I've got about 2/3 years C++ experience but I've spent most of my career doing Java. I'm about to go for an interview for a C++ programming role and I've been thinking about the best way to brush up my C++ to make sure I don't get caught out by any awkward questions. What would you recommend?
Effective C++ by Scott Meyers
If you have enough time try to write an application using C++ - go over the basics so when you'll be asked to show coding skills you'll be able to write code fluently.
I've noticed that during C++ centric interviews it is common practice to ask question about how it works:
- How virtual methods are implemented?
- What happens when you call
new- how memory is allocated?
- What is the difference between struct and class?
- Why should you mark your class d'tor as virtual?
I guess a good way to learn all those is to read a good C++ book - if you have the stomach for it you can read Stroustrup book - but there bound to be other books just as good (with less pages in them).
Have a look at the C++ Style and Technique FAQ
As an interviewee, I depend on experience. As an interviewer, my favourite (and often only) C++ interview question is "Tell me about the copy constructor". It's amazing how many avenues this opens up, and how few people are aware of them - it can make for a very short interview. If the interviewee gets past that, I then ask "Which are your favourite C++ books, and why?"
Know the language. You can try to predict what questions they'll ask, but C++ can mean a lot of different things depending on who you ask. To some people, it's a clumsier Java, and all the questions will be about dynamic memory allocation, virtual functions and inheritance. To others, it's all about RAII, and avoiding memory management.
Some think the STL is the most important to ask questions about and some might want to dig in to your knowledge of some of the subtler aspects of the language (ranging from the copy constructor that Neil mentioned in his answer, to common cases of undefined behavior, or exception safety)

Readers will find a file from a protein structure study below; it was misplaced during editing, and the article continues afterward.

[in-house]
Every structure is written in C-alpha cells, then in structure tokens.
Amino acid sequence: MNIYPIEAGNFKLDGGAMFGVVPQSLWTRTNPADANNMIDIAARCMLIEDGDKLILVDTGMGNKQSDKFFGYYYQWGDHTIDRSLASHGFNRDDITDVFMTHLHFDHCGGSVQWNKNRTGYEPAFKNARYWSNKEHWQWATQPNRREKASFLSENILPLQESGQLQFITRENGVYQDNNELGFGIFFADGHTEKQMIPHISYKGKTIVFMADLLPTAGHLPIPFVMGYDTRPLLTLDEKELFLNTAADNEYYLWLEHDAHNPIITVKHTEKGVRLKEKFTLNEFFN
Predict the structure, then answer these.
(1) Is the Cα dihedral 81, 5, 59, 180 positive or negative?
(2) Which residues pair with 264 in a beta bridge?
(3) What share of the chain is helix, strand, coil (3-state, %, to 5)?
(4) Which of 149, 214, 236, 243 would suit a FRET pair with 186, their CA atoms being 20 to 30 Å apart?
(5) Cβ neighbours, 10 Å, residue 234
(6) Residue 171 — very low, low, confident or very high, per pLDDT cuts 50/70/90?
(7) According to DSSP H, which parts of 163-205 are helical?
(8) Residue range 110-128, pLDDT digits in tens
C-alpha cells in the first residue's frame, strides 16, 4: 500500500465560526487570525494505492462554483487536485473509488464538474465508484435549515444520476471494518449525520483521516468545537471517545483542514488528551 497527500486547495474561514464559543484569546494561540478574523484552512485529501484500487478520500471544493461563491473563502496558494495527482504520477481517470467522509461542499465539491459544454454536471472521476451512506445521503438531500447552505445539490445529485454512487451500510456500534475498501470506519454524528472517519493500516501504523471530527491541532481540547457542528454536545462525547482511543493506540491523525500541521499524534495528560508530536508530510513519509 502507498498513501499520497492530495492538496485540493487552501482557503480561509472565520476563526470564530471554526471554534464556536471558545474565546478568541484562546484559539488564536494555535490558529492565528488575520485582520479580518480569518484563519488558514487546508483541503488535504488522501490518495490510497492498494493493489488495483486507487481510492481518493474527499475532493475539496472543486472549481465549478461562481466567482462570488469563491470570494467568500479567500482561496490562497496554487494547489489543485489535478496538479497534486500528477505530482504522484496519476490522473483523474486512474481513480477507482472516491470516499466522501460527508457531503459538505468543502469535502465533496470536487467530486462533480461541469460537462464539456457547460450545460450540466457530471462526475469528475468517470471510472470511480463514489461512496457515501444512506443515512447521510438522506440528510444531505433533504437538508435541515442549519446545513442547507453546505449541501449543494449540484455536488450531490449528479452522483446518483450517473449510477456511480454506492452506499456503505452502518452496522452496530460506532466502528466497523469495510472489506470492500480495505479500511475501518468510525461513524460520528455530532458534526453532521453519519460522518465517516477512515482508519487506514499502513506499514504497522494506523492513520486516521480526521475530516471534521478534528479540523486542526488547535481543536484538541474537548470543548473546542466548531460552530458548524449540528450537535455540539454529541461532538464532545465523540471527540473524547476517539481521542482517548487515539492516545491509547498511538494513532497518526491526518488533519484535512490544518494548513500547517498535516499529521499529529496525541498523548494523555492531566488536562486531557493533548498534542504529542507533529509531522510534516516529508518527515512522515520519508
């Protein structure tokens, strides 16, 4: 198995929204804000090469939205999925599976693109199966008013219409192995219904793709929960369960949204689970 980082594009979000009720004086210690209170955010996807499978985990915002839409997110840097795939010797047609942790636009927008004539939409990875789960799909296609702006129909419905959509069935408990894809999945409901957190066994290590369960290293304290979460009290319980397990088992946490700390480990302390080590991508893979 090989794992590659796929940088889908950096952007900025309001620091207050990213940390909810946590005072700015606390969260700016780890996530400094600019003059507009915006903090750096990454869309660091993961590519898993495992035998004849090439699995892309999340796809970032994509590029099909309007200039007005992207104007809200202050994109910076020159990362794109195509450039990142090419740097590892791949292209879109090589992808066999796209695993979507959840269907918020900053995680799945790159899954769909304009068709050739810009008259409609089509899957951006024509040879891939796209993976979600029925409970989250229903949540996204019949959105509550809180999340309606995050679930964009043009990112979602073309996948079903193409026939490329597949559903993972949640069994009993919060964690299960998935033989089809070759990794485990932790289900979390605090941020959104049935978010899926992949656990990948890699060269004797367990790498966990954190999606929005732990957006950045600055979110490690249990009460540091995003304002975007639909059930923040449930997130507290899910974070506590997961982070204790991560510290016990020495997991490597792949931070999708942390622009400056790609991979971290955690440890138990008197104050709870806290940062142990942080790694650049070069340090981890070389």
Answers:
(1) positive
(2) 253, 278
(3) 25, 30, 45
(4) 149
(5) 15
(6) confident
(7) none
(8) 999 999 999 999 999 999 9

It's a big, complex language, and people can ask a lot of different questions about it. Unless you have some idea what areas they're likely to focus on, you're not likely to achieve much with last-minute brushing up.
Must have C++ books for every advanced programmer:
A.Alexandrescu and Herb Sutter C++ Coding Standards: 101 Rules, Guidelines, and Best Practices
- Scott Meyers Effective STL: 50 Specific Ways to Improve Your Use of the Standard Template Library
It depends: I went for a job with a certain large games company and 90% of the questions were graphics and micro-optimisation questions (this was for a C# testing role, stupidest test of my life!).
However, if you're going for a normal desktop-app role, you'll probably get asked about UIs, or if you're going for some sort of embedded computing role you'll likely be asked about optimisation and memory management.
In any case, I'd brush up on your BOOST, as an example of a good library, and your pointer knowledge.
I would just review the basics of the language: make sure you remember how to make classes, know when to pass it via reference and when to pass in via pointer, and why you'd want to do that vs pass by value. Why you'd want a virtual method, and what are the reasons one uses the C++ style casts vs the C style casts, when you'll need a copy constructor, things like that
I'd imagine what would help is remembering a war story or two about C++: ("man, const correctness is hard!", "so I once got into a fight with a coworker/teacher about this finer point of C++, and I learned that.."
If the job is for an entry level C++ job (which it should be with your limited C++ experience), I'd imagine that would be fine and that you'll (hopefully) not get cast too deep without a paddle/senior engineer to guide you.
"write a function that counts the number of 'on' bits in a byte"
that never gets old...
I saw a cool bitwise way of doing it once that could count all the on bits in a 32 bit DWORD in like 4 or 5 operations!
If I were an interviewer in this day and age I'd ask "what do you know about lock free codeing?"